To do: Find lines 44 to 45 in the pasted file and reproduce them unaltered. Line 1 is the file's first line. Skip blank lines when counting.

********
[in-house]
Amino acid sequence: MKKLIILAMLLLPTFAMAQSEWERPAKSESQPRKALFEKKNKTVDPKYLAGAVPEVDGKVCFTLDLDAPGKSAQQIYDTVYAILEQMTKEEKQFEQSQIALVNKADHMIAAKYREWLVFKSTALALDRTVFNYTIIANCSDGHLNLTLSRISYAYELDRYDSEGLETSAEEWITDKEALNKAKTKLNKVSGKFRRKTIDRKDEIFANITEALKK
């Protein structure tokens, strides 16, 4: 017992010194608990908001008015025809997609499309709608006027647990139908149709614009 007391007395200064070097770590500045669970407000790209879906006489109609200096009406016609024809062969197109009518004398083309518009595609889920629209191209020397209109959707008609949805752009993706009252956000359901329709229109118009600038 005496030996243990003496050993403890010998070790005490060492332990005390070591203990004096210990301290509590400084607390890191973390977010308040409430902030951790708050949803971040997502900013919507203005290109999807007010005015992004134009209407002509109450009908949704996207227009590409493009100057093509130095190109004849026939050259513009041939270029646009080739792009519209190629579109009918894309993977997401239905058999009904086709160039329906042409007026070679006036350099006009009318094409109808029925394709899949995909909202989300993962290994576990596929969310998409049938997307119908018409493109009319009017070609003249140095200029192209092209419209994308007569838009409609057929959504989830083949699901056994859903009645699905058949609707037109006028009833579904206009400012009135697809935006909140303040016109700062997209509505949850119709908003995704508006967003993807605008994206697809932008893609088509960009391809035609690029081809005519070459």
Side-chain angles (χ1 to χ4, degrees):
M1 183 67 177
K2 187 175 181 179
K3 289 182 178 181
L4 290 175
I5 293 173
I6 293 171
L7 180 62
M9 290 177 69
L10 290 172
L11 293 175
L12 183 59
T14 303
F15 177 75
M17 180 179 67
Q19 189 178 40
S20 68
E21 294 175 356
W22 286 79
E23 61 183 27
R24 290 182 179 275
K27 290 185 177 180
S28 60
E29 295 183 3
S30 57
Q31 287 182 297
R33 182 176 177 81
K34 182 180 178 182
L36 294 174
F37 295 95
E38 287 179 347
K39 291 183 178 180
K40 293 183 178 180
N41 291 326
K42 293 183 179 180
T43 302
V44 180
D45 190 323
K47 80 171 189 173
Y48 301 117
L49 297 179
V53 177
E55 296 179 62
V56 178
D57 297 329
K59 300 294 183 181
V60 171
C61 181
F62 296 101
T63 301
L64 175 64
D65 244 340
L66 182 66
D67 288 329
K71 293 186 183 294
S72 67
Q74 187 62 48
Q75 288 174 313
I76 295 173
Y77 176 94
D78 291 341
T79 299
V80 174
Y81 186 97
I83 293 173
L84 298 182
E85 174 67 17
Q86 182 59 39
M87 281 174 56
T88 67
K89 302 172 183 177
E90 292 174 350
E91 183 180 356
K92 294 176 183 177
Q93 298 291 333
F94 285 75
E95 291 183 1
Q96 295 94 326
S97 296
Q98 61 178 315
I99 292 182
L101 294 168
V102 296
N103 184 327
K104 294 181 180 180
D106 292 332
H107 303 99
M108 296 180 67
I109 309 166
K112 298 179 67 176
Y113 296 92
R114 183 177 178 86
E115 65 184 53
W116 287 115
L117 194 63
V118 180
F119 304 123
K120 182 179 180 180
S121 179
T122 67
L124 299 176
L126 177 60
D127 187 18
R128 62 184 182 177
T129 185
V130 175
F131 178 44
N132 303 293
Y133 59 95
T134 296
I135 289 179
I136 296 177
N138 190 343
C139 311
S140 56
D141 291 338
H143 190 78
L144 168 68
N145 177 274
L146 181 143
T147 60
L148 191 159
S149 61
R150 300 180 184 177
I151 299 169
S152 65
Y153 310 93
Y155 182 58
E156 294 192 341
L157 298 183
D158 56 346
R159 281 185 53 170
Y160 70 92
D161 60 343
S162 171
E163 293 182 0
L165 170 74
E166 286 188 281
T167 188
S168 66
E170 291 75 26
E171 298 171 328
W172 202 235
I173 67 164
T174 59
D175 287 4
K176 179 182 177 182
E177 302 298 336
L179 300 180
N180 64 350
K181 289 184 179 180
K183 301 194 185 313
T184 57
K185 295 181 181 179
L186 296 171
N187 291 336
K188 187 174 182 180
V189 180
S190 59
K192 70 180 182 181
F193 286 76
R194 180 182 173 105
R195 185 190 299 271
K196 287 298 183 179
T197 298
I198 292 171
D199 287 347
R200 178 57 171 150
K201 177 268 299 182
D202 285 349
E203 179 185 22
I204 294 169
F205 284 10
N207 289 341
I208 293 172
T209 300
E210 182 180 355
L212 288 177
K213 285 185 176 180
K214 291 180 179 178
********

L49 297 179
V53 177